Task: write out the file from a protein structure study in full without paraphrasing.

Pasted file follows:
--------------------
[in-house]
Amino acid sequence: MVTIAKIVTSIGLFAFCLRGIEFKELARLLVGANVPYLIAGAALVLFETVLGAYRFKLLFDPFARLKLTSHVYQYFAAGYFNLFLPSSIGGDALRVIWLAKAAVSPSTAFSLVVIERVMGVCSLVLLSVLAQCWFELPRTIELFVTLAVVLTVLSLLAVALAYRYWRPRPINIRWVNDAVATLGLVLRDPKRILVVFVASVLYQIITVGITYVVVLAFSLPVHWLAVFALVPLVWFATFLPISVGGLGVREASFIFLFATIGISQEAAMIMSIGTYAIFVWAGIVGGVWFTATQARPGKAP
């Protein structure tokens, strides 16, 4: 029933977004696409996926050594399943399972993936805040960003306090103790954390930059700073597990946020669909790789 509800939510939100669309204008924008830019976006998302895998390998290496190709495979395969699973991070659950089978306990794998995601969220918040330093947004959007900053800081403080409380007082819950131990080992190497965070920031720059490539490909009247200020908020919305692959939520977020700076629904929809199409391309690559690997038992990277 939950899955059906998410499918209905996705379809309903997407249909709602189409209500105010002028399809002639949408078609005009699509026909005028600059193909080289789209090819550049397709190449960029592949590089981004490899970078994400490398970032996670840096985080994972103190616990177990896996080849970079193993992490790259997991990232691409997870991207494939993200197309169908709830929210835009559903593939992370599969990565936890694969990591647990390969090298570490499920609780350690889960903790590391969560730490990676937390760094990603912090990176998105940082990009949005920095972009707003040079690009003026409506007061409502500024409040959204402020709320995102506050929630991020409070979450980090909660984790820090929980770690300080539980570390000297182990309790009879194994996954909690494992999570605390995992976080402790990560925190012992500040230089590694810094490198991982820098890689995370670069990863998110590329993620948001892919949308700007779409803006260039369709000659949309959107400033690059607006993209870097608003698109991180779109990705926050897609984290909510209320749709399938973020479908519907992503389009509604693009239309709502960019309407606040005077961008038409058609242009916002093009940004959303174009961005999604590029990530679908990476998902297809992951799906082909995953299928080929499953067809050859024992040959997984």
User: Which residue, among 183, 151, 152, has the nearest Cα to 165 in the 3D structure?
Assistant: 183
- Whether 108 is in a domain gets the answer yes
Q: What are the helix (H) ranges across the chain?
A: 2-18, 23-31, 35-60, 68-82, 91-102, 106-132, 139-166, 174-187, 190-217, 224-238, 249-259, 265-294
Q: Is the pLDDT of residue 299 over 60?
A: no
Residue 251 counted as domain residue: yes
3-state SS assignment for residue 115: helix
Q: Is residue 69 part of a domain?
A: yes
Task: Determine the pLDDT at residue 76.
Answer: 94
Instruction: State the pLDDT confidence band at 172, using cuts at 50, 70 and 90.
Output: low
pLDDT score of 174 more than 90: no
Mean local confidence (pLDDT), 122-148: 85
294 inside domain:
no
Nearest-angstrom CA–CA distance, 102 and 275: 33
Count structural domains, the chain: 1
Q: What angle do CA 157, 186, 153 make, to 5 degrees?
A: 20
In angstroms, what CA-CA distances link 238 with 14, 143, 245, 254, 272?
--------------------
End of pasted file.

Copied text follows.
[in-house]
Amino acid sequence: MVTIAKIVTSIGLFAFCLRGIEFKELARLLVGANVPYLIAGAALVLFETVLGAYRFKLLFDPFARLKLTSHVYQYFAAGYFNLFLPSSIGGDALRVIWLAKAAVSPSTAFSLVVIERVMGVCSLVLLSVLAQCWFELPRTIELFVTLAVVLTVLSLLAVALAYRYWRPRPINIRWVNDAVATLGLVLRDPKRILVVFVASVLYQIITVGITYVVVLAFSLPVHWLAVFALVPLVWFATFLPISVGGLGVREASFIFLFATIGISQEAAMIMSIGTYAIFVWAGIVGGVWFTATQARPGKAP
């Protein structure tokens, strides 16, 4: 029933977004696409996926050594399943399972993936805040960003306090103790954390930059700073597990946020669909790789 509800939510939100669309204008924008830019976006998302895998390998290496190709495979395969699973991070659950089978306990794998995601969220918040330093947004959007900053800081403080409380007082819950131990080992190497965070920031720059490539490909009247200020908020919305692959939520977020700076629904929809199409391309690559690997038992990277 939950899955059906998410499918209905996705379809309903997407249909709602189409209500105010002028399809002639949408078609005009699509026909005028600059193909080289789209090819550049397709190449960029592949590089981004490899970078994400490398970032996670840096985080994972103190616990177990896996080849970079193993992490790259997991990232691409997870991207494939993200197309169908709830929210835009559903593939992370599969990565936890694969990591647990390969090298570490499920609780350690889960903790590391969560730490990676937390760094990603912090990176998105940082990009949005920095972009707003040079690009003026409506007061409502500024409040959204402020709320995102506050929630991020409070979450980090909660984790820090929980770690300080539980570390000297182990309790009879194994996954909690494992999570605390995992976080402790990560925190012992500040230089590694810094490198991982820098890689995370670069990863998110590329993620948001892919949308700007779409803006260039369709000659949309959107400033690059607006993209870097608003698109991180779109990705926050897609984290909510209320749709399938973020479908519907992503389009509604693009239309709502960019309407606040005077961008038409058609242009916002093009940004959303174009961005999604590029990530679908990476998902297809992951799906082909995953299928080929499953067809050859024992040959997984």
User: Which residue, among 183, 151, 152, has the nearest Cα to 165 in the 3D structure?
Assistant: 183
- Whether 108 is in a domain gets the answer yes
Q: What are the helix (H) ranges across the chain?
A: 2-18, 23-31, 35-60, 68-82, 91-102, 106-132, 139-166, 174-187, 190-217, 224-238, 249-259, 265-294
Q: Is the pLDDT of residue 299 over 60?
A: no
Residue 251 counted as domain residue: yes
3-state SS assignment for residue 115: helix
Q: Is residue 69 part of a domain?
A: yes
Task: Determine the pLDDT at residue 76.
Answer: 94
Instruction: State the pLDDT confidence band at 172, using cuts at 50, 70 and 90.
Output: low
pLDDT score of 174 more than 90: no
Mean local confidence (pLDDT), 122-148: 85
294 inside domain:
no
Nearest-angstrom CA–CA distance, 102 and 275: 33
Count structural domains, the chain: 1
Q: What angle do CA 157, 186, 153 make, to 5 degrees?
A: 20
In angstroms, what CA-CA distances link 238 with 14, 143, 245, 254, 272?